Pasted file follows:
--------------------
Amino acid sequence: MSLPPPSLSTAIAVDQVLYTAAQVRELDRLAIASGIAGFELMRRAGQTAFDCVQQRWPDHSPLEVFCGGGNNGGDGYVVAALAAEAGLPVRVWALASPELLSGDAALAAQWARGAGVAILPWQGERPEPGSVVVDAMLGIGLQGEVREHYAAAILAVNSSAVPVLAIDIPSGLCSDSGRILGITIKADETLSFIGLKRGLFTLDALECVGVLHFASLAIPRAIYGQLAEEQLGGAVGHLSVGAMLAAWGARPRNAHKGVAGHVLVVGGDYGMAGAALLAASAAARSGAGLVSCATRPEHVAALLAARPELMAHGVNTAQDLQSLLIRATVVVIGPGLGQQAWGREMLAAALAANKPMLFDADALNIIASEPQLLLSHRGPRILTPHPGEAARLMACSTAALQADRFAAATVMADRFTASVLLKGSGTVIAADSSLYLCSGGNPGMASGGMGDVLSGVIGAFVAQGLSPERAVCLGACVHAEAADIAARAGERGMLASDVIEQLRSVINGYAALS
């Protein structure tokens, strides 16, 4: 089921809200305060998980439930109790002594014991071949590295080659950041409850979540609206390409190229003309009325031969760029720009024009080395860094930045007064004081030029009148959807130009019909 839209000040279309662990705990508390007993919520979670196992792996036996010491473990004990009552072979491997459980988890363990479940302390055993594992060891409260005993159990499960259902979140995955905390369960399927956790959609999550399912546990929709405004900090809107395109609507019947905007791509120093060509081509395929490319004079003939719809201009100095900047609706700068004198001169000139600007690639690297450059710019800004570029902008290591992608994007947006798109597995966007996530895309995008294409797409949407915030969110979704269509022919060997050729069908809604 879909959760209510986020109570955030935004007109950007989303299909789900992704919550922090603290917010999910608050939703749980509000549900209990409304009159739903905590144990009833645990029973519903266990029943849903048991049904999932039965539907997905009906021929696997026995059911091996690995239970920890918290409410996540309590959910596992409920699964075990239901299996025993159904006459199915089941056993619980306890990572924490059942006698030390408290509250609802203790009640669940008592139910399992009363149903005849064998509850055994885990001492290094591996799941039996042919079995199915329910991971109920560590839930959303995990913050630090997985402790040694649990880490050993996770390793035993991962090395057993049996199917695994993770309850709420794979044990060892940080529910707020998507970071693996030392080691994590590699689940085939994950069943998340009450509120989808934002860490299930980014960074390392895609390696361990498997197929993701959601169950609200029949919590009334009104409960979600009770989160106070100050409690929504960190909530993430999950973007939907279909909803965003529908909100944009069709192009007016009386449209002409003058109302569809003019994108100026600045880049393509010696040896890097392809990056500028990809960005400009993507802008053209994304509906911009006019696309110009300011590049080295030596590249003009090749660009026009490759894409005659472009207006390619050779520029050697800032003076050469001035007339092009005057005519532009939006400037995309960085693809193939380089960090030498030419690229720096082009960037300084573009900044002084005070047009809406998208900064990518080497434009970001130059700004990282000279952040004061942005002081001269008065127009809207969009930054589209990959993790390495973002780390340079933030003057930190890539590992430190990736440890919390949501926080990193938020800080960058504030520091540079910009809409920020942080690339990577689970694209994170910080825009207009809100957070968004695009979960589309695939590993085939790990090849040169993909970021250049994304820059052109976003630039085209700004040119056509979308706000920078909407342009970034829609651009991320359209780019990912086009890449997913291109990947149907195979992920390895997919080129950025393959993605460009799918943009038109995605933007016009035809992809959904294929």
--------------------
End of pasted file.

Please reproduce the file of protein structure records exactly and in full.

Amino acid sequence: MSLPPPSLSTAIAVDQVLYTAAQVRELDRLAIASGIAGFELMRRAGQTAFDCVQQRWPDHSPLEVFCGGGNNGGDGYVVAALAAEAGLPVRVWALASPELLSGDAALAAQWARGAGVAILPWQGERPEPGSVVVDAMLGIGLQGEVREHYAAAILAVNSSAVPVLAIDIPSGLCSDSGRILGITIKADETLSFIGLKRGLFTLDALECVGVLHFASLAIPRAIYGQLAEEQLGGAVGHLSVGAMLAAWGARPRNAHKGVAGHVLVVGGDYGMAGAALLAASAAARSGAGLVSCATRPEHVAALLAARPELMAHGVNTAQDLQSLLIRATVVVIGPGLGQQAWGREMLAAALAANKPMLFDADALNIIASEPQLLLSHRGPRILTPHPGEAARLMACSTAALQADRFAAATVMADRFTASVLLKGSGTVIAADSSLYLCSGGNPGMASGGMGDVLSGVIGAFVAQGLSPERAVCLGACVHAEAADIAARAGERGMLASDVIEQLRSVINGYAALS
């Protein structure tokens, strides 16, 4: 089921809200305060998980439930109790002594014991071949590295080659950041409850979540609206390409190229003309009325031969760029720009024009080395860094930045007064004081030029009148959807130009019909 839209000040279309662990705990508390007993919520979670196992792996036996010491473990004990009552072979491997459980988890363990479940302390055993594992060891409260005993159990499960259902979140995955905390369960399927956790959609999550399912546990929709405004900090809107395109609507019947905007791509120093060509081509395929490319004079003939719809201009100095900047609706700068004198001169000139600007690639690297450059710019800004570029902008290591992608994007947006798109597995966007996530895309995008294409797409949407915030969110979704269509022919060997050729069908809604 879909959760209510986020109570955030935004007109950007989303299909789900992704919550922090603290917010999910608050939703749980509000549900209990409304009159739903905590144990009833645990029973519903266990029943849903048991049904999932039965539907997905009906021929696997026995059911091996690995239970920890918290409410996540309590959910596992409920699964075990239901299996025993159904006459199915089941056993619980306890990572924490059942006698030390408290509250609802203790009640669940008592139910399992009363149903005849064998509850055994885990001492290094591996799941039996042919079995199915329910991971109920560590839930959303995990913050630090997985402790040694649990880490050993996770390793035993991962090395057993049996199917695994993770309850709420794979044990060892940080529910707020998507970071693996030392080691994590590699689940085939994950069943998340009450509120989808934002860490299930980014960074390392895609390696361990498997197929993701959601169950609200029949919590009334009104409960979600009770989160106070100050409690929504960190909530993430999950973007939907279909909803965003529908909100944009069709192009007016009386449209002409003058109302569809003019994108100026600045880049393509010696040896890097392809990056500028990809960005400009993507802008053209994304509906911009006019696309110009300011590049080295030596590249003009090749660009026009490759894409005659472009207006390619050779520029050697800032003076050469001035007339092009005057005519532009939006400037995309960085693809193939380089960090030498030419690229720096082009960037300084573009900044002084005070047009809406998208900064990518080497434009970001130059700004990282000279952040004061942005002081001269008065127009809207969009930054589209990959993790390495973002780390340079933030003057930190890539590992430190990736440890919390949501926080990193938020800080960058504030520091540079910009809409920020942080690339990577689970694209994170910080825009207009809100957070968004695009979960589309695939590993085939790990090849040169993909970021250049994304820059052109976003630039085209700004040119056509979308706000920078909407342009970034829609651009991320359209780019990912086009890449997913291109990947149907195979992920390895997919080129950025393959993605460009799918943009038109995605933007016009035809992809959904294929």